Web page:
This test is compulsory for all outgoing ERASMUS students. As a student you will be tested for the language in which you will be taking lessons. If you go to Spain, but most of your courses are in English, you will be tested for English.
    Students who do not have to take a language test are:
    • Students studying the language of their host country
    • Students who can be considered native speakers for the language in which they will be studying (e.g. via nationality or via e.g. following an English-language study programme).

As an Erasmus student, you have to take the test twice – before or at the start of your exchange period and at the end – to measure your progress in the language. Unless you are exempt of the obligation to take the language test, you will receive an invitation by e-mail from the Online Linguistic Support system to complete the language test.

Filling in the language test takes approximately 45 minutes. The system automatically guides you through the different steps.

Afterwards you will immediately see which level (A1-A2-B1-B2-C1-C2) you have achieved on the various parts of the test. If the overall level is roughly below B2, you will be invited without obligation to follow an online language course during your Erasmus stay. The results do not affect your acceptance by the host university/internship institution.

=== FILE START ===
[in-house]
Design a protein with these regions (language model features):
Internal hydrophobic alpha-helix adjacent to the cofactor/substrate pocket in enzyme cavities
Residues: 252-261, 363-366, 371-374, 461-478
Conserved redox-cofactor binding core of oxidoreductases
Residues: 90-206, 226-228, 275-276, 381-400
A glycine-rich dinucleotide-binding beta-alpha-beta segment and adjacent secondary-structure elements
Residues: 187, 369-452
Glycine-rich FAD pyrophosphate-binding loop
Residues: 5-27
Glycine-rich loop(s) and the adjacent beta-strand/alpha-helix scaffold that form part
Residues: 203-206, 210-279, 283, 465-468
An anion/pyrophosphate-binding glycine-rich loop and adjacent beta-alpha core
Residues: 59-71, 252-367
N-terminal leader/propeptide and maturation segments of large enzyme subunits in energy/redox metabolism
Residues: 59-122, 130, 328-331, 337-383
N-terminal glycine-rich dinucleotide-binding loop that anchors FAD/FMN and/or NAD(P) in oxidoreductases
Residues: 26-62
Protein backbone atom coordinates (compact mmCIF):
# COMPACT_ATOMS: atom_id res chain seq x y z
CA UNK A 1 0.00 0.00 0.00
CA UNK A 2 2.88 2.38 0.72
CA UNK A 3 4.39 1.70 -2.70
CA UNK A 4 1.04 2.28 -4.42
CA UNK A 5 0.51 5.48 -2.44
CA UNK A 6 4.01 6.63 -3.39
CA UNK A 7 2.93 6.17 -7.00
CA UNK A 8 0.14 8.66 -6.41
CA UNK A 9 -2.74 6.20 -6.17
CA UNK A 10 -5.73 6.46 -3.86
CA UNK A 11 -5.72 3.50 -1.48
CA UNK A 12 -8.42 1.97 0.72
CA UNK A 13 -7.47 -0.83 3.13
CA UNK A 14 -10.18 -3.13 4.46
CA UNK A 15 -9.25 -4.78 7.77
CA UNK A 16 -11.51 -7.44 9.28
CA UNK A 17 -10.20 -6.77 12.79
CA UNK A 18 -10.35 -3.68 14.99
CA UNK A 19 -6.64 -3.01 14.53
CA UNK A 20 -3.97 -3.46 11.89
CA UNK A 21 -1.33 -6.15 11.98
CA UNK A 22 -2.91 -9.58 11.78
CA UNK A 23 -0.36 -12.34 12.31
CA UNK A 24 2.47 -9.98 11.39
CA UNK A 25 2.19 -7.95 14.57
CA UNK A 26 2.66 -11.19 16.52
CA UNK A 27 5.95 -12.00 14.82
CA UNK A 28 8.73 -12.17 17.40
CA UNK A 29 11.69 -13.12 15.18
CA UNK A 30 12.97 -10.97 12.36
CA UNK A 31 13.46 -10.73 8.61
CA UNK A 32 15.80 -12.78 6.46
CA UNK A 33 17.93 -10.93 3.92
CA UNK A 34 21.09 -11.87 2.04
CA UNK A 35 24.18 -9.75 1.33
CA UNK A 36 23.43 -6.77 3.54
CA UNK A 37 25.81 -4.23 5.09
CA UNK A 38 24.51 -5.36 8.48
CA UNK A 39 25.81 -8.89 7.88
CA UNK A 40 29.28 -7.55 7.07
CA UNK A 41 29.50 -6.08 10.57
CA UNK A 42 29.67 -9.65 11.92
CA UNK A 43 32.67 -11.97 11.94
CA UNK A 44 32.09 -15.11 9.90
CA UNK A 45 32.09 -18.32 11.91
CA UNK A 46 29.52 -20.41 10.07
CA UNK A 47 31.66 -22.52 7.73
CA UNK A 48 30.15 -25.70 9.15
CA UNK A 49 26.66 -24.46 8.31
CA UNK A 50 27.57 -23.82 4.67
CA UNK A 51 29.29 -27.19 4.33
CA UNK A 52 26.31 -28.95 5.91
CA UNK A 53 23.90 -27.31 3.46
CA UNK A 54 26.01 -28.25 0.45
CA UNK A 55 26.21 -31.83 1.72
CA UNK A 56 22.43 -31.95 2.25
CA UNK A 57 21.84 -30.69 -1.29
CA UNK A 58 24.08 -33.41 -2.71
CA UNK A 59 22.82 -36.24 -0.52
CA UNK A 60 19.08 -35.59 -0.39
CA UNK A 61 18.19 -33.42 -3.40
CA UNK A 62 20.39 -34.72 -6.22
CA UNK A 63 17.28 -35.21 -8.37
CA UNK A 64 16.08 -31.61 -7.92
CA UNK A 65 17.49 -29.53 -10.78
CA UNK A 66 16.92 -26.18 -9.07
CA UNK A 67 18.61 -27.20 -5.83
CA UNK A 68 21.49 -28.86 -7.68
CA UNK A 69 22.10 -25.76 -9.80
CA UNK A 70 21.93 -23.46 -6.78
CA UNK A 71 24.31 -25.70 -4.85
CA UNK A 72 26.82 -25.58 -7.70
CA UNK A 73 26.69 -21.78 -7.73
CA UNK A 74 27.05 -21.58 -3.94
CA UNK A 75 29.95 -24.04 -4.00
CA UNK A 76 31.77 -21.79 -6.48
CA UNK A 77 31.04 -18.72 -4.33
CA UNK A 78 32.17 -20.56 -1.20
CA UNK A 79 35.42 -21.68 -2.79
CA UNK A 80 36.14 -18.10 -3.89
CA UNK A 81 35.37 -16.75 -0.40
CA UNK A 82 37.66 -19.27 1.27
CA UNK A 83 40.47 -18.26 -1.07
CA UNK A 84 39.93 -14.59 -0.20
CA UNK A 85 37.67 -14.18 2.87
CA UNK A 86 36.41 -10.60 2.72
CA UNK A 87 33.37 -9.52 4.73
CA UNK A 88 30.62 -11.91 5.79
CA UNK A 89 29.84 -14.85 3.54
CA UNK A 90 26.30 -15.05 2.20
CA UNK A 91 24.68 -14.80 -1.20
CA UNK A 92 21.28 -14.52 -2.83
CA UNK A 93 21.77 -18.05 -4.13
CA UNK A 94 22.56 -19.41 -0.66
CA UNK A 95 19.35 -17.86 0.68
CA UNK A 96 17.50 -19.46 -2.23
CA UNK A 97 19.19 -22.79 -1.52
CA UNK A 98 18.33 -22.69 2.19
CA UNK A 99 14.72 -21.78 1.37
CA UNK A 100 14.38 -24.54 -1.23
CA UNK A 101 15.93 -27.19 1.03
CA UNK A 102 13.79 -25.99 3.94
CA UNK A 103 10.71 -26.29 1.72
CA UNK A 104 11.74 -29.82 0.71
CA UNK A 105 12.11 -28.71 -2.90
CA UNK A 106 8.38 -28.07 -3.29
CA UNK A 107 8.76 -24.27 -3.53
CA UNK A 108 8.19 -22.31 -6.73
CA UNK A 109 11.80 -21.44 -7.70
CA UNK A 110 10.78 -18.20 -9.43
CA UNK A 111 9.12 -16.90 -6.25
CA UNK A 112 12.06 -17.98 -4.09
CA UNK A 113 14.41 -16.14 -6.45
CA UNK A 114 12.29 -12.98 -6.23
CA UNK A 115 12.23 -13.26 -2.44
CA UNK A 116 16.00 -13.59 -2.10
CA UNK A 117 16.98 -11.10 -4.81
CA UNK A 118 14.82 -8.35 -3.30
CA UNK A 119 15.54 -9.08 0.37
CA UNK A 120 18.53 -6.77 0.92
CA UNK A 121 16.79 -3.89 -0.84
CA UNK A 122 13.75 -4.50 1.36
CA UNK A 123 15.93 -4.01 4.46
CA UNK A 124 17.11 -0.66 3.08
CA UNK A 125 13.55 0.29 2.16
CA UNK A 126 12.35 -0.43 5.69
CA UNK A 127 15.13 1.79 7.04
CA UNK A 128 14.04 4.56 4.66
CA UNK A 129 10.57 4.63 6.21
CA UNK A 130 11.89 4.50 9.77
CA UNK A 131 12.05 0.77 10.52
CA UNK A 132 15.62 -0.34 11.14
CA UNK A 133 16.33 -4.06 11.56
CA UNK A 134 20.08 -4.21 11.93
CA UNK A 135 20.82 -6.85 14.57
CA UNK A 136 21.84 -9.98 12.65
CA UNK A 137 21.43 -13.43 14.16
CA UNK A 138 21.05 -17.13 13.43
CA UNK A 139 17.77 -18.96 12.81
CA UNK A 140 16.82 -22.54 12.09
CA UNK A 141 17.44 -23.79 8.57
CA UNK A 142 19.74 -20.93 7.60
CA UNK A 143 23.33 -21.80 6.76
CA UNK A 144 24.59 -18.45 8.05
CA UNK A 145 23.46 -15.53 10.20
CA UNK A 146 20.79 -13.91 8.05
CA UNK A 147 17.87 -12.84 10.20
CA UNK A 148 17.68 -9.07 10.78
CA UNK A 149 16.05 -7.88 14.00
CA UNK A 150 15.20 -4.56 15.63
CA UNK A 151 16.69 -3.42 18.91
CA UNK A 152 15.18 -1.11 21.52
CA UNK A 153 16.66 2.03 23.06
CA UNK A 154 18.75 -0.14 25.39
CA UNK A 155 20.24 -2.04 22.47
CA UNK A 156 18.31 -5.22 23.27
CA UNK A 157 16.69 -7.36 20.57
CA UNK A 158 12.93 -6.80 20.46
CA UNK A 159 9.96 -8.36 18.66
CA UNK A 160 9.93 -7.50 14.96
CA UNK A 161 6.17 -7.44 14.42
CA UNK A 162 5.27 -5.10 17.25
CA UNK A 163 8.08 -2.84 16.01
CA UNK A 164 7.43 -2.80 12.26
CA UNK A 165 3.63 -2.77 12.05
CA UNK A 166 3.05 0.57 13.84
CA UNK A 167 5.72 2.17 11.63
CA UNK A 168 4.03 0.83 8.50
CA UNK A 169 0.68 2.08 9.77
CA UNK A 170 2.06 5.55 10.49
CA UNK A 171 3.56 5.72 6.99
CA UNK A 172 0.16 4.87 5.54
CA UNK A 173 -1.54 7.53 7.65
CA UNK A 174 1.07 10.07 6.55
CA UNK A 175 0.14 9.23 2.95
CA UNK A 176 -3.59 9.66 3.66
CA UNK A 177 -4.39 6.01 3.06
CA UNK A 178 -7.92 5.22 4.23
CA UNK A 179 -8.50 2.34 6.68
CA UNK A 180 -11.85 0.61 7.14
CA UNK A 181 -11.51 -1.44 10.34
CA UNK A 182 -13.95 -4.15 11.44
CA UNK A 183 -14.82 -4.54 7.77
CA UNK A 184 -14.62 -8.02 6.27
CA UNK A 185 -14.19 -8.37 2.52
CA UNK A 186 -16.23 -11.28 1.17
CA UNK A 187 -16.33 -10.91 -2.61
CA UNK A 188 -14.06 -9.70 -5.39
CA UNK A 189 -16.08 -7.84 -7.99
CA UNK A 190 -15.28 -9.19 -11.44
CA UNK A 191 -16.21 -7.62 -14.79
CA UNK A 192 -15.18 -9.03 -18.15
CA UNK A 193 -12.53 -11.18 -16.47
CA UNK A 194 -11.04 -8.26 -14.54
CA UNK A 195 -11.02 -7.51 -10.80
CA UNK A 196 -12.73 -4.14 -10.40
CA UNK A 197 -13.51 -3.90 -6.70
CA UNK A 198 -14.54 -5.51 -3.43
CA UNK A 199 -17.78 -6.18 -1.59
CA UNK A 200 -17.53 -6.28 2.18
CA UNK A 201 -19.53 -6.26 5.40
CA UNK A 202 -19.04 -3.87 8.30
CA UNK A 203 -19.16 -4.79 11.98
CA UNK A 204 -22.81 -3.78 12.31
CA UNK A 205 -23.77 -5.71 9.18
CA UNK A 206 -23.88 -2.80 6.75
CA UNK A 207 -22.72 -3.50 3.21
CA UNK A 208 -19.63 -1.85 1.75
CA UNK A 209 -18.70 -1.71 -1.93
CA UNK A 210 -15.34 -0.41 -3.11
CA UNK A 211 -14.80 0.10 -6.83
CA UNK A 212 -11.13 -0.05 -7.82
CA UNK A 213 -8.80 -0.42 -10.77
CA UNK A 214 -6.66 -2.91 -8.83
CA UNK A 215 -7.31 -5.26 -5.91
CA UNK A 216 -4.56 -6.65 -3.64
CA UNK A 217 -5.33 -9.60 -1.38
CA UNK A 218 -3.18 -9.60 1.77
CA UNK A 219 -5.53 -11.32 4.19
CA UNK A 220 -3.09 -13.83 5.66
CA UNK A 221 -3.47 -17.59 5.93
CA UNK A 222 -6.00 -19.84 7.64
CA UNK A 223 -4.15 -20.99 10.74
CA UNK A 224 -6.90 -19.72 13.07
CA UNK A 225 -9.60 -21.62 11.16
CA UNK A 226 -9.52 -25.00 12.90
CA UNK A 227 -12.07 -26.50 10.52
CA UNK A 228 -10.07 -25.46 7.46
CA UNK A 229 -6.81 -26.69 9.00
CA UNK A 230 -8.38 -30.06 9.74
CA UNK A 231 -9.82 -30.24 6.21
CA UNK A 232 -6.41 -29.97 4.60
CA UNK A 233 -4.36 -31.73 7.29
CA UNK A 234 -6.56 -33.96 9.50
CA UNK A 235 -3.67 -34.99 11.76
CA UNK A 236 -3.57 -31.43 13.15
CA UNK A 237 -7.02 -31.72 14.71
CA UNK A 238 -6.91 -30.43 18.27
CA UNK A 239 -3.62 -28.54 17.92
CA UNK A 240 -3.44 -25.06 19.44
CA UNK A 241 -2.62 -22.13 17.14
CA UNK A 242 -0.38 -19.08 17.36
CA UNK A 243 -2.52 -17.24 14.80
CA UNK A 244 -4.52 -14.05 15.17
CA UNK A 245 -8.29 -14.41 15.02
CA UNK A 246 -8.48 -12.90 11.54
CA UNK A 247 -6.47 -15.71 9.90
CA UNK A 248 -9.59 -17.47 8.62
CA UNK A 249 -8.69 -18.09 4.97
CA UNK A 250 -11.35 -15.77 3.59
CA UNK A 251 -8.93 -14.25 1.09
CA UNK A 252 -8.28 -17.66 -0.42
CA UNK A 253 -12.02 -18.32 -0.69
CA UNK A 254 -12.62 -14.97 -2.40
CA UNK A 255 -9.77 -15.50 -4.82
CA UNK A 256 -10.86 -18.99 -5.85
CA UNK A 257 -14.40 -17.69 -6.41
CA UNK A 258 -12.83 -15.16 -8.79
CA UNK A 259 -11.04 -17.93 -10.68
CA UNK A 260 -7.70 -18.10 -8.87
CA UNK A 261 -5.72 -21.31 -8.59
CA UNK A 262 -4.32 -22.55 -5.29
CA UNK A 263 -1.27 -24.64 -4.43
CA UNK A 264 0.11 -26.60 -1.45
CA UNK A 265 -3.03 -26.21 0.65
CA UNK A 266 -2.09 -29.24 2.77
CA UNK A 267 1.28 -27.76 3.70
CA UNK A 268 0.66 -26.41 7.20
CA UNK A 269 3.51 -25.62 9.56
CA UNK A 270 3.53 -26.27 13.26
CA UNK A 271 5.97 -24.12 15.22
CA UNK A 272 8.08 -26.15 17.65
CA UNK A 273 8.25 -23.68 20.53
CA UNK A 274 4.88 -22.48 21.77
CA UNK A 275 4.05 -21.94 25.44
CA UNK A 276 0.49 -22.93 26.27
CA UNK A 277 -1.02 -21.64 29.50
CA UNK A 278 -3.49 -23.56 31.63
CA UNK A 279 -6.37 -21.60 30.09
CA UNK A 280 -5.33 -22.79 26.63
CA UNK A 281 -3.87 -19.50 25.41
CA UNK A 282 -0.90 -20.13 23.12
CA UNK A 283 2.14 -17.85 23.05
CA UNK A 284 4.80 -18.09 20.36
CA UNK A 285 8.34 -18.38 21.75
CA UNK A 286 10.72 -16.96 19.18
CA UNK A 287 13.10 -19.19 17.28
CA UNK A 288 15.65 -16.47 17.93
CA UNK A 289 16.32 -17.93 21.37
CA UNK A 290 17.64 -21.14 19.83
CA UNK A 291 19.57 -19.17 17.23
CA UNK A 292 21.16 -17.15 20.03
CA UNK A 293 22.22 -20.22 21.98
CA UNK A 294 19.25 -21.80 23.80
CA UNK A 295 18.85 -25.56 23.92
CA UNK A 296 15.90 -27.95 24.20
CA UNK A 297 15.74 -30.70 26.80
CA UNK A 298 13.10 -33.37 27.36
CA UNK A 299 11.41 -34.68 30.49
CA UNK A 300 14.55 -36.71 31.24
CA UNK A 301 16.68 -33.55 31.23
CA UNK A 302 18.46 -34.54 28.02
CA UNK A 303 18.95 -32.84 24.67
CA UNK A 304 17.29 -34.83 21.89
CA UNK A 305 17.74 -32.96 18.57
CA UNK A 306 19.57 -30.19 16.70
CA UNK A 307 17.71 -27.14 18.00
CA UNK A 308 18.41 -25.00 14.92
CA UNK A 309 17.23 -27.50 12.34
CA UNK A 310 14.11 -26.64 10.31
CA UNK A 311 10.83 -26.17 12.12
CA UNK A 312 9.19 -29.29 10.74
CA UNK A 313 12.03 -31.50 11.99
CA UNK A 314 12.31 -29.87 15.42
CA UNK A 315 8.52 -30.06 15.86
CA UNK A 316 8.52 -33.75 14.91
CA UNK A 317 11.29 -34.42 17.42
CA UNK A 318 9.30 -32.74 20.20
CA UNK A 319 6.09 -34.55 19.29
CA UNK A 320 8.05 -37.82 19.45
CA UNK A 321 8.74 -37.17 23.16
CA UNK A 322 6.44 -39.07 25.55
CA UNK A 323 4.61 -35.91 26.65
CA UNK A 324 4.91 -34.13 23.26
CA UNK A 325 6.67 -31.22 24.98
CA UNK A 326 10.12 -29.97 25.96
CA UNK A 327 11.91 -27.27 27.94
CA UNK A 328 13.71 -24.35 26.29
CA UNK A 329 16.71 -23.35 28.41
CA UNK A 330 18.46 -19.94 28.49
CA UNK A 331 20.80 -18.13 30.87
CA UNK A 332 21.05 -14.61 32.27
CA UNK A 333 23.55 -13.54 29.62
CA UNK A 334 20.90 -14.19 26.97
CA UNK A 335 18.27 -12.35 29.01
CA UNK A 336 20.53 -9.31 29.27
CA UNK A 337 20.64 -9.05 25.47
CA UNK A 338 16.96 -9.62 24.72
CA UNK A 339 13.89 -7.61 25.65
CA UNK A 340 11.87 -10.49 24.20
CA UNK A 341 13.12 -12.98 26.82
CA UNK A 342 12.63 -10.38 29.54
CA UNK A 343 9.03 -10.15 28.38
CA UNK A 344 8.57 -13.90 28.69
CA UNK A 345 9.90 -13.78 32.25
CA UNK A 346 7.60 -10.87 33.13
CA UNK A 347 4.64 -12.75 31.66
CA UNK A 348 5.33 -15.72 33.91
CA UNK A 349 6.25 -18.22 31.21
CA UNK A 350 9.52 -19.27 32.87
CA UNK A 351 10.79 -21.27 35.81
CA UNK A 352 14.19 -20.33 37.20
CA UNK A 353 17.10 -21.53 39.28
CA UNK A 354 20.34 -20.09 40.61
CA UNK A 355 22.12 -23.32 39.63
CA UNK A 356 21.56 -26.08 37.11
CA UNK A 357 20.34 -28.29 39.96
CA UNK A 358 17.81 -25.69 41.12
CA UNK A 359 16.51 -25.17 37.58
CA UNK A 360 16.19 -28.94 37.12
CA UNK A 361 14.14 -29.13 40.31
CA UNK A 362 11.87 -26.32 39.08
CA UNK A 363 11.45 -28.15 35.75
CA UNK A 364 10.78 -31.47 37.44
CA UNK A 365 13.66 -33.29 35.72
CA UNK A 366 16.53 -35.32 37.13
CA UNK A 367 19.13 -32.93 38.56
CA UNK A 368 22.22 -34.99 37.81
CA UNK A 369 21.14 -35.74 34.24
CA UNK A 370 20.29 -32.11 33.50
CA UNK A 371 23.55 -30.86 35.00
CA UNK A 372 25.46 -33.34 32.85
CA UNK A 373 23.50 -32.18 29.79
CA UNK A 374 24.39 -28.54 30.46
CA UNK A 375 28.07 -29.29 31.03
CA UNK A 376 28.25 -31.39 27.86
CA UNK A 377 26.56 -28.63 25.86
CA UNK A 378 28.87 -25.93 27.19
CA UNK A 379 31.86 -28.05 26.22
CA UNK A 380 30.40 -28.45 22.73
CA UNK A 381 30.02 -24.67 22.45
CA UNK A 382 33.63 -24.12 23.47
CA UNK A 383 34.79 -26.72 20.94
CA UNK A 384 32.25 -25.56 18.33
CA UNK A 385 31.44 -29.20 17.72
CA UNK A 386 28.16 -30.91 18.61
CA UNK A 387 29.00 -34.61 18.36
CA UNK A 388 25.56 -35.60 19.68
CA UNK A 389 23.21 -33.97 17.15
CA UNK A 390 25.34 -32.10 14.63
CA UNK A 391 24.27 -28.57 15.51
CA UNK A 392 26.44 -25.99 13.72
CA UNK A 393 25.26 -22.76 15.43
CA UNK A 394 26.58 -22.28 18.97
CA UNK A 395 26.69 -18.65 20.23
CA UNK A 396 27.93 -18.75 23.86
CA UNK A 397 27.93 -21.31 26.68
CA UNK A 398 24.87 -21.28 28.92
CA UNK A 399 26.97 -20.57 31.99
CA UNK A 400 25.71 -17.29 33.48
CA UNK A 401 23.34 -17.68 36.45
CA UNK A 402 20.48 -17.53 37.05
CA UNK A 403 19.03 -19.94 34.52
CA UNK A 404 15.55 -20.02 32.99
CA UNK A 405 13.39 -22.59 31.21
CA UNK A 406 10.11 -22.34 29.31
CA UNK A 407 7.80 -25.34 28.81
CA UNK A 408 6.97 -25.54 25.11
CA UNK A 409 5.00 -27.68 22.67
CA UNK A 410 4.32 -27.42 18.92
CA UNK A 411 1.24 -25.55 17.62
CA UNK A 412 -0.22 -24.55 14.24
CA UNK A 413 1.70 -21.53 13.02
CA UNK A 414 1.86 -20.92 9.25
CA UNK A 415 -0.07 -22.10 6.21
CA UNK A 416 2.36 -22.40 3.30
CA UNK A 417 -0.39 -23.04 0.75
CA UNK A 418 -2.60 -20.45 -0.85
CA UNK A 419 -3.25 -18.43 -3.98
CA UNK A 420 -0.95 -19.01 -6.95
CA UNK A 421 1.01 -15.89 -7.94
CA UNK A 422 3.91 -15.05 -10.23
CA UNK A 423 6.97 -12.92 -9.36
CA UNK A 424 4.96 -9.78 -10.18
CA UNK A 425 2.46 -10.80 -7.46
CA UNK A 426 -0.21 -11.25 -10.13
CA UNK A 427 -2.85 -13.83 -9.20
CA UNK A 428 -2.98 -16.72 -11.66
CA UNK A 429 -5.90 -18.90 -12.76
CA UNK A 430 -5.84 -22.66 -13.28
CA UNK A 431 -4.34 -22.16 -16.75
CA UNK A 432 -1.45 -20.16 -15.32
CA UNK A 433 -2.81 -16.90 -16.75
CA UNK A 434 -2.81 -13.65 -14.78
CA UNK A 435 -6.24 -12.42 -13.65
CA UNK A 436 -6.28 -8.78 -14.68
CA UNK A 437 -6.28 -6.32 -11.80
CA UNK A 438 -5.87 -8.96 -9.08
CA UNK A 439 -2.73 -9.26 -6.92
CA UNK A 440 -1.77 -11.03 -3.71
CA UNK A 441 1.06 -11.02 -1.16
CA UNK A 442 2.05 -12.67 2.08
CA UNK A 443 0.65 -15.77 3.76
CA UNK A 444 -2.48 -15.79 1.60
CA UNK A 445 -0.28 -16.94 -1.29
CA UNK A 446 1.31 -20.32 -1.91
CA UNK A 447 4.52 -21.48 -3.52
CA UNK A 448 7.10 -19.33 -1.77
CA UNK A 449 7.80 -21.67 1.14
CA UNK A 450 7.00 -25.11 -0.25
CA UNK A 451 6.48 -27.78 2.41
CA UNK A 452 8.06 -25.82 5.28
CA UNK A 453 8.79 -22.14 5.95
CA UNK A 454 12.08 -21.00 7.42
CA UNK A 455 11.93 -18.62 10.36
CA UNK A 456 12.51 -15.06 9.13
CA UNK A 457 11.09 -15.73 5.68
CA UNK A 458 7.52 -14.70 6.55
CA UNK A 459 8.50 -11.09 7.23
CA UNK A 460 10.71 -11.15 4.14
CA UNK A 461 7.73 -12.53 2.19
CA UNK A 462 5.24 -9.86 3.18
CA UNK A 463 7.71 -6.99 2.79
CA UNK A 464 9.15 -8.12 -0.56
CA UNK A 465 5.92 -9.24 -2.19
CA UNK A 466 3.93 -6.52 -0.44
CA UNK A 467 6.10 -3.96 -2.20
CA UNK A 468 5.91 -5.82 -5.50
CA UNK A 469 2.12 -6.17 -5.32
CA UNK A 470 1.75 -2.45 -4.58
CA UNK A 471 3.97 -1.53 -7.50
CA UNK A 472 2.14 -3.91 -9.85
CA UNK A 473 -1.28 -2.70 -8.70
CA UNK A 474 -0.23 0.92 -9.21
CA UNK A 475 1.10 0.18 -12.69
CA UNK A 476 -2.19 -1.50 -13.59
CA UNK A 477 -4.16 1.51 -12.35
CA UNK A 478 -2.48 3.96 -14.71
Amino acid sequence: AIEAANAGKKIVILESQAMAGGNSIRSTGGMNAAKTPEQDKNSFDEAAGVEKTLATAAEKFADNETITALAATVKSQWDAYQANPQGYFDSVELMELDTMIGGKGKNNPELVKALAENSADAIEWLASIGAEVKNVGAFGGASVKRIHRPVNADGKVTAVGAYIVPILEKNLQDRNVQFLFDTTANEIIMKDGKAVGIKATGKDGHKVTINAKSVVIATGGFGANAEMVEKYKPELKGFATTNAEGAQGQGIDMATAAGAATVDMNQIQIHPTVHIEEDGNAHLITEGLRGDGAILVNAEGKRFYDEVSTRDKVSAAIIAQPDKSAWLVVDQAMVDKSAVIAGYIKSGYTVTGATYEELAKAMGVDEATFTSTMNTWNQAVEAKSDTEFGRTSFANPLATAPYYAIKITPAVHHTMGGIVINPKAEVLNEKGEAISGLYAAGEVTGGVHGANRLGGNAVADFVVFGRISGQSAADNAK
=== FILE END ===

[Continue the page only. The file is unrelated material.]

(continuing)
At the end of your stay, you will receive a new invitation email to complete the final language test.

To find accommodation is your own responsibility. A few tips:

  • The International Relations Office of your host institution can certainly help you in your search.
  • In some universities there is a housing service that can assist you.
  • Contact Ghent University students who are currently in your future host institution. Maybe you can take over their room or they can give interesting tips.

Always beware of fraud during your search!

Do you want to rent out your own room during your foreign adventure? You have the right to temporarily rent out your room when you go on Erasmus. You can find more information on www.kotatgent.be.

As soon as your application has been approved, and you are therefore registered as an Erasmus student at the International Relations Office, you are entitled to a language course at a greatly reduced registration fee at the University Language Centre (UCT). You must be registered at Ghent University for the new academic year and state that you are going on an exchange when registering with the UCT. Contact the UCT for the courses they offer.

To be able to follow a language course at this greatly reduced registration fee, you must be present during at least 80% of the course sessions. You can only take a course for the language or languages of your host country.

The partial reimbursement of your language course will happen during your stay abroad, after you have uploaded the documents 'Erasmus contract' and the 'Confirmation of arrival' onto Oasis.